On the flip side, eliminating foods that are known to negatively affect a health immune response, such as those containing added sugars, salts or saturated fats would aid in decreasing inflammation. Studies have shown that a single high fat processed meal leads to increases in inflammatory cytokines (remember cytokine storm is what is believed to cause the most problems in hospitalized COVID patients) by 100% within 6 hours of eating. Phytonutrients in food come in all different colors—green, yellow-orange, red, blue-purple, and white. Take a color tour here!
|Both chronic and acute stress can result in a poorly regulated and suppressed immune function. Practicing stress modifying techniques such as mediation, mindfulness, practicing gratitude and deep breathing have been shown to reduce the severity of infections in general.|
|We all understand the importance of sleep in relation to how we feel physically and function mentally. But sleep also restores our bodies at a cellular and physiological level allowing for a more robust defense against infection. Try to practice good sleep hygiene by maintaining consistent sleep hours (you can set reminders to go to bed on time), turning off screens at least 30 minutes before bedtime, and keeping the room cool, quiet and dark.|
|Exercise is known to be important to the health and functioning of most all of our physiological systems including, you guessed it, the immune system. Exercise increases the levels of infection-fighting white blood cells and decreases stress hormones. So, stay active any way that you are able to during these challenging times.|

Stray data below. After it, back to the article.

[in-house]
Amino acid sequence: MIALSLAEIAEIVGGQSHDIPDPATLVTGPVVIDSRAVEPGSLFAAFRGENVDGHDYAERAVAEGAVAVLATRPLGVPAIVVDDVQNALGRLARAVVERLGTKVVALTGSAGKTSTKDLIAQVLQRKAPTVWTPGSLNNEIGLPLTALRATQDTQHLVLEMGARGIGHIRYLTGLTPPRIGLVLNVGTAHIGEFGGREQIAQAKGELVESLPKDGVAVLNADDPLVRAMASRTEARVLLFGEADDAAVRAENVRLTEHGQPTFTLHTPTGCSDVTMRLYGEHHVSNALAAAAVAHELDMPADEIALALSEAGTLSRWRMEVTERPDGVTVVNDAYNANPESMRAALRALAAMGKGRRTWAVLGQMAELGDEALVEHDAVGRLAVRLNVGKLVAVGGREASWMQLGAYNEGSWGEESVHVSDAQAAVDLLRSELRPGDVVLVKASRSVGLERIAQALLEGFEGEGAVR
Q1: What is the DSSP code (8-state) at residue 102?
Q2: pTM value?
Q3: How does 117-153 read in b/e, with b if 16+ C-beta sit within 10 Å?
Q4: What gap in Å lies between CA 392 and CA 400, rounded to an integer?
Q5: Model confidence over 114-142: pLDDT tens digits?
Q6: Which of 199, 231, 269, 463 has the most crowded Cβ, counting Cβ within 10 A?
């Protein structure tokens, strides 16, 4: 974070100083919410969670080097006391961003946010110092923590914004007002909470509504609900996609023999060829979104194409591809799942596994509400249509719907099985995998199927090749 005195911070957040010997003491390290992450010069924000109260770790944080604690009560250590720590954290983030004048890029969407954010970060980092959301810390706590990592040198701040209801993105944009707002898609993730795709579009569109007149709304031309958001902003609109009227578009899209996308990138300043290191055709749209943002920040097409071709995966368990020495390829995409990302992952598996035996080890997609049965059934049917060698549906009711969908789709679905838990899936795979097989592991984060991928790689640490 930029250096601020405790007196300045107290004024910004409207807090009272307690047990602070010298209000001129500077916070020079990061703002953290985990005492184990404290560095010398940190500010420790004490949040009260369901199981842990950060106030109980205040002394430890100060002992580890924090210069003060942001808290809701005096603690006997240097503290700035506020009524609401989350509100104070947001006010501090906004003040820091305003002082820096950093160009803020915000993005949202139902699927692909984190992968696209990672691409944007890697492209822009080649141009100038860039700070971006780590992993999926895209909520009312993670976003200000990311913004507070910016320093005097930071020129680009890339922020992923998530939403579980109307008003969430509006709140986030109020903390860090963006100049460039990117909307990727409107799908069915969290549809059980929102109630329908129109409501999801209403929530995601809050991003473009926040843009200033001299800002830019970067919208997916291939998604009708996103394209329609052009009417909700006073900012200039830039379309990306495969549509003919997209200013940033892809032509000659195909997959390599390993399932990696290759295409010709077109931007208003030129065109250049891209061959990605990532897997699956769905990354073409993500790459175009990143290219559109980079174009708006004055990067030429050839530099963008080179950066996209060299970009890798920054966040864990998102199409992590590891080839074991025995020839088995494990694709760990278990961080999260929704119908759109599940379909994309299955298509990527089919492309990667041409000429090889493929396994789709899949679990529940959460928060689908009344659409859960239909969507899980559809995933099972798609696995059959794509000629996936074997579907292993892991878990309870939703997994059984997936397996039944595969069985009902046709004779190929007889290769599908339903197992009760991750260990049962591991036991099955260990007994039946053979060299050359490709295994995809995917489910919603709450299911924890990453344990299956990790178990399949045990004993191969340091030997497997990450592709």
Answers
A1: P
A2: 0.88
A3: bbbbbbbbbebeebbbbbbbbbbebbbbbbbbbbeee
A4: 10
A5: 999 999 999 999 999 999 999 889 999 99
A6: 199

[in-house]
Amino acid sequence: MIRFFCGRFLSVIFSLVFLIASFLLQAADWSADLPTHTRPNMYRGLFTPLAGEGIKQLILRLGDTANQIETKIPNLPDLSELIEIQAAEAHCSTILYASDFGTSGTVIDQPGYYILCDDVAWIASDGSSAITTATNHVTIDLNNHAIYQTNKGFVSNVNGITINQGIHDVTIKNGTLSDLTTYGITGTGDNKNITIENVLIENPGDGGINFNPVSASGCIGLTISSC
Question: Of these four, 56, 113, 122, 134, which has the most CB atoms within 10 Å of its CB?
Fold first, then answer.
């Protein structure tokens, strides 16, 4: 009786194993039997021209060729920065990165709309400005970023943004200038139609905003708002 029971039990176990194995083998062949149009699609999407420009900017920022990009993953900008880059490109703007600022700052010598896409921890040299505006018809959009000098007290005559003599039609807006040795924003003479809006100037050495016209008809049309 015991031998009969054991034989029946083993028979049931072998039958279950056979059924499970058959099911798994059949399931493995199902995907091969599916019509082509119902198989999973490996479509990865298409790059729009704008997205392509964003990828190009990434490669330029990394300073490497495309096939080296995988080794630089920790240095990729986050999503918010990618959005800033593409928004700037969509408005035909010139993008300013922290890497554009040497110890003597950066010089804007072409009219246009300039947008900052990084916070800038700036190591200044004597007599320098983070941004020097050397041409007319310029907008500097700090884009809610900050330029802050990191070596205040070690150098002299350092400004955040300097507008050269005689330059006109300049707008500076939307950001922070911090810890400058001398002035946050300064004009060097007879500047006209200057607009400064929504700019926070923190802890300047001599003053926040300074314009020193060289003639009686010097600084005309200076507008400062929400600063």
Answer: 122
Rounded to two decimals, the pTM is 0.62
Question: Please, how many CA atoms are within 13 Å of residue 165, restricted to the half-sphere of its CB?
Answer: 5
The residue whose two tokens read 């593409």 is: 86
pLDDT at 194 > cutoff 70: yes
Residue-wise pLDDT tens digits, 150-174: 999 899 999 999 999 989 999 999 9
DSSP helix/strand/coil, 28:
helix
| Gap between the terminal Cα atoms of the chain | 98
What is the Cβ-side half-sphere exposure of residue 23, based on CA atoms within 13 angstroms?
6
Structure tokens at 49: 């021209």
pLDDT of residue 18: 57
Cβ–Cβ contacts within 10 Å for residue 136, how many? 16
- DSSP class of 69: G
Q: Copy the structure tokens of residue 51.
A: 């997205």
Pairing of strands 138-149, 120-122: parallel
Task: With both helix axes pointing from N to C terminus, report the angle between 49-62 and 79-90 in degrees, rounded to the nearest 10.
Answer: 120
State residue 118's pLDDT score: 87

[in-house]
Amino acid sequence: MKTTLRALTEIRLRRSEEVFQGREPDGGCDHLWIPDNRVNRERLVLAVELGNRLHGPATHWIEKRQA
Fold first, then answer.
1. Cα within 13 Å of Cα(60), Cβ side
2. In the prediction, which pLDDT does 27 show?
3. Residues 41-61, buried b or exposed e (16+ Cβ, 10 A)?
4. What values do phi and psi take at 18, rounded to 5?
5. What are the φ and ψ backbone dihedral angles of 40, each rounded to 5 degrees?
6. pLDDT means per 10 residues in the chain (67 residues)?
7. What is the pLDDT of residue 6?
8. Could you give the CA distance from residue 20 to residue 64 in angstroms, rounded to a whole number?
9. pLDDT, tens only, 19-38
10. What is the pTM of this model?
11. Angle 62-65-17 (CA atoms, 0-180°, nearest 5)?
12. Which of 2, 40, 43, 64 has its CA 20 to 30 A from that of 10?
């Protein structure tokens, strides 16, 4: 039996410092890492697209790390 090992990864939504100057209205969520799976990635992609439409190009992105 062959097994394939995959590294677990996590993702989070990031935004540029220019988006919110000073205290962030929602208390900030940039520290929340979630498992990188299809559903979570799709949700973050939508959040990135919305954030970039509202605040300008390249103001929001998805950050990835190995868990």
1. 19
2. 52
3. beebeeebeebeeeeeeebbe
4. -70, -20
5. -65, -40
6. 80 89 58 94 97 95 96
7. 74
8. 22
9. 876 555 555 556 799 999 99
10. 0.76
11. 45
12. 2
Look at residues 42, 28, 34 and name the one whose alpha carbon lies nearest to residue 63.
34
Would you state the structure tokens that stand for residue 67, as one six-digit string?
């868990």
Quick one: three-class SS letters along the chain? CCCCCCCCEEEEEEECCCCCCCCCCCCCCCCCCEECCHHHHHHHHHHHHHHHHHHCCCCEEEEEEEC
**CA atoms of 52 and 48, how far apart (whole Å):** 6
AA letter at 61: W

|There are many reports online that promote taking supplements as a way to treat or help prevent COVID-19. BE AWARE there is no proven evidence that any supplement will cure or prevent COVID -19. That being said, based on known biochemical actions in the body and studies on how vitamins and some supplements affect viral replication and inflammation, it is reasonable to consider adding some of the following to your daily regimen.
In the future, we hope to have a treatment available that will be effective and easy to administer. In the meantime, continue to do what you can to care for yourself and those around you.
In Good Health,
Kerry D. Rhodes MD
- Yanuck SF. Immune-Physiological Approach to COVID-19. Integrative Medicine. Vol. 19,No.S1,epub.
- Armiage L, Brettell R. Inhaled corticosteroids: A Rapid Review of the Evidence for Treatment or Prevention of COVID-19. Centre of Evidence-Based Medicine, University of Oxford. June 22, 2020.
- The Functional Medicine Approach to COVID-19: Virus Specific Nutraceutical and Botanical Agents. The Institute for Functional Medicine. April 7,2020.
- Emerson DR, Kurti SP, Harms CA, et al. Magnitude and Timing of the Postprandial Inflammatory Response to a High-Fat Meal in Healthy Adults: A Systemic Review. Adv Nutr. 2017;8(2): 213-255.